PARIS (Reuters) – French President Emmanuel Macron’s government will tackle social spending in the next wave of its reforms as weaker than expected growth puts pressure on the budget deficit, the prime minister said on Sunday.
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Prime Minister Edouard Philippe said in an interview in Le Journal du Dimanche that the government would press on with its reform drive in the face of record unpopularity after little more than a year in office.
Mr Macron has so far largely turned a deaf ear to criticism of his reforms, with detractors dubbing him the president of the rich after cuts to taxes on capital income during his first year in office, which he said encouraged investment.
His government has sold its pro-business reforms on promises that they will boost growth and jobs, but Philippe said that growth would be weaker than expected next year.
Mr Philippe told Le Journal du Dimanche that the 2019 budget would be based on a growth forecast of 1.7 percent rather than the 1.9 percent forecast in April.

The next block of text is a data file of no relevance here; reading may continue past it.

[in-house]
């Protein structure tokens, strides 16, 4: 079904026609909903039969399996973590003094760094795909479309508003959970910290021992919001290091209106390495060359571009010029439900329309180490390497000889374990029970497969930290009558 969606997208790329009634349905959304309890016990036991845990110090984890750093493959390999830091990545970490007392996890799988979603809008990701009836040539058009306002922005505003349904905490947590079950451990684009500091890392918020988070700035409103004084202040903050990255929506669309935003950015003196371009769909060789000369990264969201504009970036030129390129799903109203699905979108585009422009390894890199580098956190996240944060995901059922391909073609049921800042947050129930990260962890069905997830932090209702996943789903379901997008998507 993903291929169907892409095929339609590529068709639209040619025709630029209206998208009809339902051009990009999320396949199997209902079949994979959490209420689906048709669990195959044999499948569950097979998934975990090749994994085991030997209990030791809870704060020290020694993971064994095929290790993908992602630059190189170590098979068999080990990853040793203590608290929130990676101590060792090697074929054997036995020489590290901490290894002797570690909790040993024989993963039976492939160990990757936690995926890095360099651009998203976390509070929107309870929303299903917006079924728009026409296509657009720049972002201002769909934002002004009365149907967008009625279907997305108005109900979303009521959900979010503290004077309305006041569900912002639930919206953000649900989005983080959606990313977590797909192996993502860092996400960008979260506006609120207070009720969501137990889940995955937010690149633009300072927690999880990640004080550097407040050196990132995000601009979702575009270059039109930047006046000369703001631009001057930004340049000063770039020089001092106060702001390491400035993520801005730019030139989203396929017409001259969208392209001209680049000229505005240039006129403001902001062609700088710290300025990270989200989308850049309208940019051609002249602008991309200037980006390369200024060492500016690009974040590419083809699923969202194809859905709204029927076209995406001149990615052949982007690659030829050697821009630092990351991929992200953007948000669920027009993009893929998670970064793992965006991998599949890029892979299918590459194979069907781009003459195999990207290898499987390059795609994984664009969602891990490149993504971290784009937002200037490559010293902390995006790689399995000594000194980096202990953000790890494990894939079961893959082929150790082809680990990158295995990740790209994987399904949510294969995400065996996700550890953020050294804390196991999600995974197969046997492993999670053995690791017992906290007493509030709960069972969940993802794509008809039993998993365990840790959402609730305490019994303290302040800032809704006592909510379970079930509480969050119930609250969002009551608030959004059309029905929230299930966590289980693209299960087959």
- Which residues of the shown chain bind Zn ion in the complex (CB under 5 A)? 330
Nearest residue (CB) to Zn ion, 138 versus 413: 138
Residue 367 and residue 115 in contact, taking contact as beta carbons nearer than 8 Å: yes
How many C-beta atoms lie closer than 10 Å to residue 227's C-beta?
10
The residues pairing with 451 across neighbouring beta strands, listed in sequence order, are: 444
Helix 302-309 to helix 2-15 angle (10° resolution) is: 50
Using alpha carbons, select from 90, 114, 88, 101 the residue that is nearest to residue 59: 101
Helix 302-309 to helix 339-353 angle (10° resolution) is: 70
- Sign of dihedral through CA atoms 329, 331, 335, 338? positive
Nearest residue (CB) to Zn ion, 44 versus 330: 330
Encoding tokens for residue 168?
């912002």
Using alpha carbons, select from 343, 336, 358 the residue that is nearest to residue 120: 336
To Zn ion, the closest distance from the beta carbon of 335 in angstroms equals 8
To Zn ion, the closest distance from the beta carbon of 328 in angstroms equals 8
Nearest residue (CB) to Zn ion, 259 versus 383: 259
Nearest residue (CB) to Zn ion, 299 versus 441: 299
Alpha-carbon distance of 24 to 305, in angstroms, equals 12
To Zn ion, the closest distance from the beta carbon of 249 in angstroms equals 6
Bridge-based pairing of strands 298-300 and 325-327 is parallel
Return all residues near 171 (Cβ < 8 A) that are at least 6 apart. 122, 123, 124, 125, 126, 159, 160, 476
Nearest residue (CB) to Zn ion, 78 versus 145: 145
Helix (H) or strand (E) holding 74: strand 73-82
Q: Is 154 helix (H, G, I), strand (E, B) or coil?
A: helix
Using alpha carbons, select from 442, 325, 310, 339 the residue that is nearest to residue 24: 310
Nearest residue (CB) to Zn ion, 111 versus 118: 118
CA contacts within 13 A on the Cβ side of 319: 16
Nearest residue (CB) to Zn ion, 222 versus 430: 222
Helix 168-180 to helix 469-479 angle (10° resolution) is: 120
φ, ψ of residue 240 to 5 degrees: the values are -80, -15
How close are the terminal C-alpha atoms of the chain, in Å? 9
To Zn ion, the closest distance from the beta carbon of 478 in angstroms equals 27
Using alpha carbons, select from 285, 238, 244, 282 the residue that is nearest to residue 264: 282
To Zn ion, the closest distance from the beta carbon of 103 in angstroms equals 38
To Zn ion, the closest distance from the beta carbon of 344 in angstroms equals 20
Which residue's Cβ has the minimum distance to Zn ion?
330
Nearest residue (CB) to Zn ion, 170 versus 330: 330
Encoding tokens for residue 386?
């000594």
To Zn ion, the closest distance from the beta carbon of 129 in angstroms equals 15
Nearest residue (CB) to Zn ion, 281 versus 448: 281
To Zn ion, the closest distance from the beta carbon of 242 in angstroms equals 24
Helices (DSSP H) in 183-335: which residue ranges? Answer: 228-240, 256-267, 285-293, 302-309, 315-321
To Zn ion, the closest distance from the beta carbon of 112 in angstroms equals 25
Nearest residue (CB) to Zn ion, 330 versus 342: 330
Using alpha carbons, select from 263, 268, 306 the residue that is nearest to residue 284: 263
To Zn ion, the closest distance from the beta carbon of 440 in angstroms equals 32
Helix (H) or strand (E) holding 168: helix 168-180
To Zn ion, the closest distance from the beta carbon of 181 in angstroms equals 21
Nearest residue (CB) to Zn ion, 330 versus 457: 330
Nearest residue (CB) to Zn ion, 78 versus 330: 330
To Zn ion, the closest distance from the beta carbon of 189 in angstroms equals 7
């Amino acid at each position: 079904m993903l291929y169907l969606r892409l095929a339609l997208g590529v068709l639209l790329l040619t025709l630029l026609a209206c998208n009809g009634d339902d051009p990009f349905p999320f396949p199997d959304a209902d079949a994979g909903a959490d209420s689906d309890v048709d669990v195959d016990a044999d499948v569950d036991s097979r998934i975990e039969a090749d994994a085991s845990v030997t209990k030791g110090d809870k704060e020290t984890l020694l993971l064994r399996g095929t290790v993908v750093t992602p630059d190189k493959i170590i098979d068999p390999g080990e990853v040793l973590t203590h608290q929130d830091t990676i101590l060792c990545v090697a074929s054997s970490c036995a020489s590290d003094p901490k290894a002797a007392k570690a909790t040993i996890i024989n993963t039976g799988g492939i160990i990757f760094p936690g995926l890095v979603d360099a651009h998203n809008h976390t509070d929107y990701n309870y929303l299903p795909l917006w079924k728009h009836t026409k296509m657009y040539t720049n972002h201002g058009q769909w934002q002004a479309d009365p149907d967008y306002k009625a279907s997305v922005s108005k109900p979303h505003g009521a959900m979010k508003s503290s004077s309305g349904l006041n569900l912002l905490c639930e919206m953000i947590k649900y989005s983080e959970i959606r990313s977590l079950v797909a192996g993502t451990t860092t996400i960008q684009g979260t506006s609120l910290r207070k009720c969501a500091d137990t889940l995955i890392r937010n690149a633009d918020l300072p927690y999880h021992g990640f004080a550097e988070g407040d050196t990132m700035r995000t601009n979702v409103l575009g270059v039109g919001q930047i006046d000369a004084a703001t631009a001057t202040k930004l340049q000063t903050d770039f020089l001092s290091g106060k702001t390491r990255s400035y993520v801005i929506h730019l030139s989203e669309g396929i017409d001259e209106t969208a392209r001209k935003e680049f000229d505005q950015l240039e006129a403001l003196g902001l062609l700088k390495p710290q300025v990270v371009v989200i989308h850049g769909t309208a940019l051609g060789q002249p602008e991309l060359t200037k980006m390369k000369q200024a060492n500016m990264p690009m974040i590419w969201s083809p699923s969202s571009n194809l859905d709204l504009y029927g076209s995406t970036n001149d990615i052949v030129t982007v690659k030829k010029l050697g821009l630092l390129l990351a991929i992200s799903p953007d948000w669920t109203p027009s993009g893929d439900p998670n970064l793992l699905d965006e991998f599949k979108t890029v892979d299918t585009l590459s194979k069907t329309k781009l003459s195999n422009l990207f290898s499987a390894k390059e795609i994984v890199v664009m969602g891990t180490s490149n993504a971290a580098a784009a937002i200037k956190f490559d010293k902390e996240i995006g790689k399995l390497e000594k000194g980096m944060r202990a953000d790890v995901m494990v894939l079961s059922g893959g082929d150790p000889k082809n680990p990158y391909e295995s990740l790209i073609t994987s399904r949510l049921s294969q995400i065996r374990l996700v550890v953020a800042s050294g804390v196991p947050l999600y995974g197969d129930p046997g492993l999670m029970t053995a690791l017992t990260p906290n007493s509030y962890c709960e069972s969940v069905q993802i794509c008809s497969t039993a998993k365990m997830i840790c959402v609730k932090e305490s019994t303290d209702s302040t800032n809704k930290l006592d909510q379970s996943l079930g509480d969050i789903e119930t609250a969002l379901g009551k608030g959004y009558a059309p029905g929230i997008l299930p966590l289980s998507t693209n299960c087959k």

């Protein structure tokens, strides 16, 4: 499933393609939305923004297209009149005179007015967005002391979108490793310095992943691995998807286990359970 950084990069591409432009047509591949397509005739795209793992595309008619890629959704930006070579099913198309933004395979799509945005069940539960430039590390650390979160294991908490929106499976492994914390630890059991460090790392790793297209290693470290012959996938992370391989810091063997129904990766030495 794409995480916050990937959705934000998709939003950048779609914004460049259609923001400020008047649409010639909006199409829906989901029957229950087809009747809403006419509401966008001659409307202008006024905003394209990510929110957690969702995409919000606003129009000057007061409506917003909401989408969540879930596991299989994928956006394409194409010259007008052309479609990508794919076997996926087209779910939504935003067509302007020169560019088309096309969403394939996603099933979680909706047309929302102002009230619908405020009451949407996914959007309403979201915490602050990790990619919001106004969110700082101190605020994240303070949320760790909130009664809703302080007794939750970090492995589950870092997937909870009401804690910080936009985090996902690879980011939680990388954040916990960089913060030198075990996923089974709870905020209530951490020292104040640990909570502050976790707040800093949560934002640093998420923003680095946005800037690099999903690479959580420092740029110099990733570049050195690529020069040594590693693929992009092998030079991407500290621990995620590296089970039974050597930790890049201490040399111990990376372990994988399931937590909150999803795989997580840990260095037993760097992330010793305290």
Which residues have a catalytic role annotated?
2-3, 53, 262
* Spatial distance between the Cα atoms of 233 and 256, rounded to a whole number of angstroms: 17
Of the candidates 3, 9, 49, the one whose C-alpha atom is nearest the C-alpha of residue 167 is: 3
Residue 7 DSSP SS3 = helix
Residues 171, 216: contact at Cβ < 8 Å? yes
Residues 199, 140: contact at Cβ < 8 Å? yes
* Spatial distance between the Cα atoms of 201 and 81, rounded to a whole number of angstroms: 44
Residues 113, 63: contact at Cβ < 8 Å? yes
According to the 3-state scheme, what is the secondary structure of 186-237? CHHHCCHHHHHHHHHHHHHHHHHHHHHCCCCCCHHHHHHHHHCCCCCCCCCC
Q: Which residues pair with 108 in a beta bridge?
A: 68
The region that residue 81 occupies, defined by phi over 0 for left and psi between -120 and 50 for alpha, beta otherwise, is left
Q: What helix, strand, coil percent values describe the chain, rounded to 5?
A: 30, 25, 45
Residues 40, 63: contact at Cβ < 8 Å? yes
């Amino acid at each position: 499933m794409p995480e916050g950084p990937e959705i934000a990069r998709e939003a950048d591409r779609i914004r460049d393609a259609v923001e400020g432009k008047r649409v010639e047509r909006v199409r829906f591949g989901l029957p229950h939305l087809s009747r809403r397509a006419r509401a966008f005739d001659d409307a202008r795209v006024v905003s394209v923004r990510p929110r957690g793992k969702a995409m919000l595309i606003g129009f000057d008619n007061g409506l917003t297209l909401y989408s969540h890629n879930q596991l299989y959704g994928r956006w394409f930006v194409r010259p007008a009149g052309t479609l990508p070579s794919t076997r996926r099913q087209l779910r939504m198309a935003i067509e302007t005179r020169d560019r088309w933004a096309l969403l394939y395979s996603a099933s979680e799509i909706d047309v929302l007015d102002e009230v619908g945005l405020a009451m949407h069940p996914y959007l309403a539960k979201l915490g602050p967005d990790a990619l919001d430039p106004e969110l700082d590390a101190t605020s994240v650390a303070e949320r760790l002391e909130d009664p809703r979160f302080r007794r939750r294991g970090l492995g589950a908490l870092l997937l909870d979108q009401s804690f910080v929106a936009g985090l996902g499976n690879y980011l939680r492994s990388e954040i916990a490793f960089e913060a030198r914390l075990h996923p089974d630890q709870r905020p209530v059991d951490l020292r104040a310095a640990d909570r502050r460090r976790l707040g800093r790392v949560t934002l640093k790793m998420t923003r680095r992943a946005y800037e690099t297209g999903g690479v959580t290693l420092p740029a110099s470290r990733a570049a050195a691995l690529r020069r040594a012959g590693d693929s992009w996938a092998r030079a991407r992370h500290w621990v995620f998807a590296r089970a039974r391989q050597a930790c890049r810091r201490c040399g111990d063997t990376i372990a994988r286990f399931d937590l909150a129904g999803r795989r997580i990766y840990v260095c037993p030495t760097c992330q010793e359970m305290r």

The prime minister acknowledged that the lower growth is likely to weigh on the public budget deficit, which is already under pressure from plans to make a payroll tax credit scheme permanent.
“But that does not prevent us from sticking to our commitments on reducing taxes while reining in public spending and debt,” he added.
The slower growth outlook raises the chances that when the government produces its 2019 budget at the end of September it may need to change its public deficit target, previously pegged at 2.3 percent of economic output.